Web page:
Namibia yet to sign revised SADC Tribunal Protocol

20 Aug 2015 10:20am
By Maggy Thomas
GABORONE, 20 AUG (NAMPA) - Namibia is yet to sign the revised Southern African Development Community (SADC) Tribunal protocol.
The tribunal, which has been renamed the SADC Administrative Tribunal (SADCAT) protocol, was signed by nine Heads of State and Governments on Tuesday during the closing ceremony of the SADC Summit in Gaborone, Botswana.
In an interview with Nampa, Deputy Prime Minister Netumbo Nandi-Ndaitwah, who is also Minister of International Relations and Cooperation, said Namibia will sign the protocol in due course.
“The protocol is open to be signed now and Namibia will sign in due course,” she told this news agency immediately after the closure of the 35th SADC Summit.
She indicated that Namibia could not sign because President Hage Geingob, who is supposed to append his signature and commit the country to the SADC legal instrument, left before the closure of the summit for other important commitments back in Namibia.
The SADCAT’s office is in Windhoek, Namibia.
It was established by the protocol on the tribunal, which was signed in Windhoek during the 2000 Ordinary Summit, and was officially established on 18 August 2005 in Gaborone.
In 2012, the SADC Summit suspended the work of the tribunal and resolved that a new protocol should be renegotiated.
The revised tribunal will only have jurisdiction on the interpretation of the SADC Treaties and Protocols.
It will no longer handle cases involving countries or individuals, Botswana’s President Seretse Khama Ian Khama said during a media conference immediately after the closure of the 35th SADC Summit. Khama during the summit took over the chairmanship of SADC from President Robert Mugabe of Zimbabwe.
The revised protocol removed access to the tribunal for individuals, and it will no longer handle cases between countries.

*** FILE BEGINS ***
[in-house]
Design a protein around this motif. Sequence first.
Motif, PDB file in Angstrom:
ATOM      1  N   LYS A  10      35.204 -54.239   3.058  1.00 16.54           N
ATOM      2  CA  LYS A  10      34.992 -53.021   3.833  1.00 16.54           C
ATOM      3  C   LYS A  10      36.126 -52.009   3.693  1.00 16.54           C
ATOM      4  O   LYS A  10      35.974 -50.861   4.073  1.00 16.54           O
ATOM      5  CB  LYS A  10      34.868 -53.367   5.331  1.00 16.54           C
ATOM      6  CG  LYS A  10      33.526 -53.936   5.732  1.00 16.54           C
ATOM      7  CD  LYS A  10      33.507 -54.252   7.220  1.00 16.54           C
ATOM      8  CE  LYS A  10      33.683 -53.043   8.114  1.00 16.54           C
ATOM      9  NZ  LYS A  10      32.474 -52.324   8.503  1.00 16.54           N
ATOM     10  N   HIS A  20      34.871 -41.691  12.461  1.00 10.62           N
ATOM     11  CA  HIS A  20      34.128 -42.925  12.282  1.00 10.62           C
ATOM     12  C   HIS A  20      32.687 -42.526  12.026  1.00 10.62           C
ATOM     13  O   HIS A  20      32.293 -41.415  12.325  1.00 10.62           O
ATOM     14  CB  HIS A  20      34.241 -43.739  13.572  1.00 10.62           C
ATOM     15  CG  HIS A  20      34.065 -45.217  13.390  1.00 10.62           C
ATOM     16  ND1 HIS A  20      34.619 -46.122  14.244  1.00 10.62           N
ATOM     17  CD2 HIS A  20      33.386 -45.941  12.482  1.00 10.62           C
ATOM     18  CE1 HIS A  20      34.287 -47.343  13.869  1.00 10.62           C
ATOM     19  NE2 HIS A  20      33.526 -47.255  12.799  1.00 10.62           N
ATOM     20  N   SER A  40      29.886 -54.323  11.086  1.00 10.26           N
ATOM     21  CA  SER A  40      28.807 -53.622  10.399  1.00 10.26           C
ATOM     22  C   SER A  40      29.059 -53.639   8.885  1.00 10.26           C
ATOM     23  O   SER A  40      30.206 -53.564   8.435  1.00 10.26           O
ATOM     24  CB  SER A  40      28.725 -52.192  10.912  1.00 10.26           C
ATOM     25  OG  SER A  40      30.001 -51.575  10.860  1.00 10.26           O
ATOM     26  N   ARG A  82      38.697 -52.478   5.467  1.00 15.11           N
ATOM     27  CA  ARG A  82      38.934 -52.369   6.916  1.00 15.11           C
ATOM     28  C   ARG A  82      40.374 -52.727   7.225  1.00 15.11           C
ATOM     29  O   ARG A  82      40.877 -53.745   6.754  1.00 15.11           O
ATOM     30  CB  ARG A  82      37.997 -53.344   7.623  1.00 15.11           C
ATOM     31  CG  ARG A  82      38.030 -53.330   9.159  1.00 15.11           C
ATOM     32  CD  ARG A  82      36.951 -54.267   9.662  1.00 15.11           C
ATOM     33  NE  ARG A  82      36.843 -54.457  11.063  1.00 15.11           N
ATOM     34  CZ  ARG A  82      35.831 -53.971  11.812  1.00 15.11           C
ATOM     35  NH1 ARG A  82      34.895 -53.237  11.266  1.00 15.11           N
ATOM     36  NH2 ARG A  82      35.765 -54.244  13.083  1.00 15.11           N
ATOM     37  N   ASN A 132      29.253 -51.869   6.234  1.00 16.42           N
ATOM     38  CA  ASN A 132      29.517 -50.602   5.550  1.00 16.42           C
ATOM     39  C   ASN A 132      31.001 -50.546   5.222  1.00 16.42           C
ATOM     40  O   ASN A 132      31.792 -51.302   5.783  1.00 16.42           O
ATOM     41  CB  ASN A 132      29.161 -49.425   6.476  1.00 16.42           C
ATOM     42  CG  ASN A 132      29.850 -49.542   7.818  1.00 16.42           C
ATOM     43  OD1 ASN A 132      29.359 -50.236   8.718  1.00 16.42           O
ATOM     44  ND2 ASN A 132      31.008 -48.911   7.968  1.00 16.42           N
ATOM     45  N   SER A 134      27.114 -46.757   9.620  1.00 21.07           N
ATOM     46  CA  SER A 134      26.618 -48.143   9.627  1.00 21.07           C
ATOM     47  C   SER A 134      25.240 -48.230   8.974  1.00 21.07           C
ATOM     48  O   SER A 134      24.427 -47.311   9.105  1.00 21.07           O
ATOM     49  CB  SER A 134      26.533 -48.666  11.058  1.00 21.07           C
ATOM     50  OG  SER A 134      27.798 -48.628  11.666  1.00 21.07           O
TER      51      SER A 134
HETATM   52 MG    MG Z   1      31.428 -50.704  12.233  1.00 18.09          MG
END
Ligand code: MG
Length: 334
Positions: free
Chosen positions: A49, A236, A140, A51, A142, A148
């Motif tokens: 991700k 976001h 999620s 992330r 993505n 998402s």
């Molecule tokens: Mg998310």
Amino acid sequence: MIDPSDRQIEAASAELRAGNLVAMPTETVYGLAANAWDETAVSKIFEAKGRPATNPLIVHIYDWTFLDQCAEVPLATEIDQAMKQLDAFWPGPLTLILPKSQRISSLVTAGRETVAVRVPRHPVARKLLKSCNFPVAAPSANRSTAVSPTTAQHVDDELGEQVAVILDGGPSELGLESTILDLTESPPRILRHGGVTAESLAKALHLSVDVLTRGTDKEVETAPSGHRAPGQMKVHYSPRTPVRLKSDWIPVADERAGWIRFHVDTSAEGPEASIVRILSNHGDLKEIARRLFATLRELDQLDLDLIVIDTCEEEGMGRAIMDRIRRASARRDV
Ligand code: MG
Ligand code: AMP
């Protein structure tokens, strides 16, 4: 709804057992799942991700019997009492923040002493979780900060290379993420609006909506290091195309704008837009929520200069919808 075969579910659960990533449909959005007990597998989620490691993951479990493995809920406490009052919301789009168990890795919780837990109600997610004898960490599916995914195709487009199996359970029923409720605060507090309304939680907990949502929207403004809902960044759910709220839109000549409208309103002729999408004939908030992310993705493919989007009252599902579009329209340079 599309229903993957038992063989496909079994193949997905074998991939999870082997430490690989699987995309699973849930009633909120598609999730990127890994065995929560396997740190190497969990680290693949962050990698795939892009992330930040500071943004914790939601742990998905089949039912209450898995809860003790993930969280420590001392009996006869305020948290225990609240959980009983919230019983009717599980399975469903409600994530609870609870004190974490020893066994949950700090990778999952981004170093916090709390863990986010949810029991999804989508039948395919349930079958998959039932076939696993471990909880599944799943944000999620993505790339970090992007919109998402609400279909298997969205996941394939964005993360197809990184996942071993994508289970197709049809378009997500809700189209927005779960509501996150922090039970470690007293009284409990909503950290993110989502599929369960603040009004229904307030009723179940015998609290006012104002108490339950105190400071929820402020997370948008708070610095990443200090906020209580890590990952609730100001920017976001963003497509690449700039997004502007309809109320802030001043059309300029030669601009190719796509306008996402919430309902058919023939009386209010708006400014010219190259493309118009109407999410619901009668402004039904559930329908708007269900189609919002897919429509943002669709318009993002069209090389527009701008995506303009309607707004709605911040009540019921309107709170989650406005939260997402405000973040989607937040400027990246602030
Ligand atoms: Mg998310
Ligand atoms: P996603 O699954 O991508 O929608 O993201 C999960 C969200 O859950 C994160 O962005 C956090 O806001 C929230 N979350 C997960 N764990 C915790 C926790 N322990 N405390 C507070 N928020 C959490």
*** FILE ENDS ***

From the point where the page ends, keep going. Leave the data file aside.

This means the revised SADCAT is no longer a court of justice, but a legal institution for the interpretation of treaties and protocols of SADC.
After several rulings against the Zimbabwean Government, the Tribunal was de facto suspended at the 2010 SADC Summit.
On 17 August 2012 in Maputo, Mozambique, the SADC Summit addressed the issue of the suspended SADC Tribunal.
That SADC Summit resolved that a new tribunal should be negotiated and that its mandate should be confined to the interpretation of SADC treaties and protocols relating to disputes between member states.
A coalition of southern African human rights organisations, the Coalition for an Effective SADC Tribunal, has called on heads of state to uphold the rule of law and human rights in the region by reinstating the old SADC Tribunal.
During the summit, the coalition indicated in a statement that contrary to the SADC Treaty of which Article 23 says decisions concerning the community and any affected persons or citizens must be made in consultation with them, the SADC Heads of State adopted a new Protocol on the SADC Tribunal without any consultation.
The SADC did not act in accordance with its own treaty's amendment procedures. As such, the suspension lacks legality, amongst other things because the SADC Treaty does not allow for suspension.
“We urge each SADC head of state to consider the merits of the SADC Tribunal in its original form and the positive impact it will have in the region - socially, economically and in terms of international best practice,” the coalition said.